How could it be any more difficult to understand that I was alone, that I was the only living man on Earth to have survived the end. What else could I have believed in, seeing that the last of us were killed, watching the falling red skies, the burning sun scorching the Earth's surface, the land gone to molten waste, and seeing that the whole world had gone completely unrecognizable. How could I believe just a bit that someone, some other human being could still be walking the Earth alive and well, when the devastation of our planet told the truth clearly.
As I crept out of the rocky pit, the air was hot, barely breathable, and the brilliance of the sun quickly stopped me from continuing. I looked ahead, across inflamed the landscape and saw the horizon in a yellow void, and the sky above it was burning in red and ablaze in toxic smoke. Streaks of flame came down from the sky up high now and then, and periodic poundings shot across the land in quakes. The flaming meteors were falling from a far distance, and so I was safe for then. Yet, away from those things, there was that comet, Wormwood, going across the sky at slow intervals, and also bright and seemingly inflamed. It was a monstrosity simply visible overhead, and powerful as it shot a radiance of strong heat. It was like a red burning torch flying across the sky, between us and the sun. Mostly, it was all together like a bad storm.
All around me, the region seemed unrecognizable. The hills had been destroyed, the land was almost misshapened by the meteor strikes and the earthquakes. Flaming smoke and toxic haze blocked sight of the eastern horizon. It seemed hopeless. At the hour, I could go nowhere and do nothing but pray hastly. I gazed up, and the comet seemed warmer than before. The air was becoming hotter. The oxygene became thinner. Carbon was filling my lungs. I began to hesitate and gasp. In a flash of seconds, I realized something was happening. Out of panic I leaped from the pit and into the open, quickly I was burned by the light. I stumbled to the ground. My throat was tightening and I was gasping wildly. My legs could barely lift me up and my vision was becoming hazy. I felt that I was dying. Although, while still alive, I found it deep in my strength to drag myself into safety.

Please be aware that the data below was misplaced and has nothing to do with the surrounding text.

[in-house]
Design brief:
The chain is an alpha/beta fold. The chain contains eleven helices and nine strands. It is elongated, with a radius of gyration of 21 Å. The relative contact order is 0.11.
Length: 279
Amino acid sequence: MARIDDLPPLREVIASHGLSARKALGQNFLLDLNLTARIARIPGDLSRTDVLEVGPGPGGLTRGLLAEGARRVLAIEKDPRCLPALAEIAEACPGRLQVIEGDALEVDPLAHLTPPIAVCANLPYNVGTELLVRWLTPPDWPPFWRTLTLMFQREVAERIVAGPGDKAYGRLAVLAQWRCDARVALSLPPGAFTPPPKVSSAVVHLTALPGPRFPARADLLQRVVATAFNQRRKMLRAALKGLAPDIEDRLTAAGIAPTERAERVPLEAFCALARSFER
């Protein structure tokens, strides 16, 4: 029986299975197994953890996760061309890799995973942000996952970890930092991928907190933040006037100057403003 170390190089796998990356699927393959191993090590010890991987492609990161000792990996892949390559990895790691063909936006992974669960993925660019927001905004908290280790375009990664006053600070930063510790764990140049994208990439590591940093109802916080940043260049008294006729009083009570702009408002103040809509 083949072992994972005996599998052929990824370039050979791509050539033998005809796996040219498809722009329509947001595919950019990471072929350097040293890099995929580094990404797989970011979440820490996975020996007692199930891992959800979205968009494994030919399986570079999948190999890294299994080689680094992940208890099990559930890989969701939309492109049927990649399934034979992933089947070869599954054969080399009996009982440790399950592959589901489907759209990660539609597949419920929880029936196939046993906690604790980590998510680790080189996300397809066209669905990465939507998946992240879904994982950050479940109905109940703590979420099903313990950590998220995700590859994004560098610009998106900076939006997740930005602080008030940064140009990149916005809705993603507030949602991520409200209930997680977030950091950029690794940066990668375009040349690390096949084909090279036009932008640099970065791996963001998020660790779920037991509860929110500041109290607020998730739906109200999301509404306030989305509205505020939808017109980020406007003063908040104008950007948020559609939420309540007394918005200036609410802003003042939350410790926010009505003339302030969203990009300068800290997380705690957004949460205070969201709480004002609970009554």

I watched the sky darken in shroud, and I saw the land burning lifelessly. Sluggishly I crawled painfully from the pit into a damp cave. The rocks under me roasted. I managed to pass the boiling ponds of mud and the molten lakes belching with fire and deadly fumes that would have killed me if I would have stayed behind. Looking forward, I saw the light of hope that was the big cave ahead. When I escaped into the cave, I fell with both an exhausted body and a cheerful sense that I was still alive. ''Good, I should be safe now.'', I said. My body was painfuly soar with bloody scrapes and burns, my face was black with smoke dust. I felt burning all over and nauseous from being choked. I raised my hands to my eyes, and saw them bloody and inflamed. I wagged my fingers and they stung. It hurt to move, so I sat in the dark, watching the land as the sun whent by gleaming unto my face, and the comet flying by like a wicked fire. The land, as it was, was no longer familiar, and could not capture the eye's sight any more easily with its bewildering view. The earth had become volcanic, alive and quaking but dead and wasted, ruined and hopeless. How could mankind continue from here on even with a glimmer of life's hope in his heart? How could I, one man, revive the world?
The planet may have been extinguished lifeless, but as I continued to assure myself I was still alive and standing strong, my world seemed bright with hope. The world could not continue on its own, but at least I still could by myself, alone, the last man on the Earth to have survived the end, with a cheerful mind and a chance in life, knowing something important: I have survived.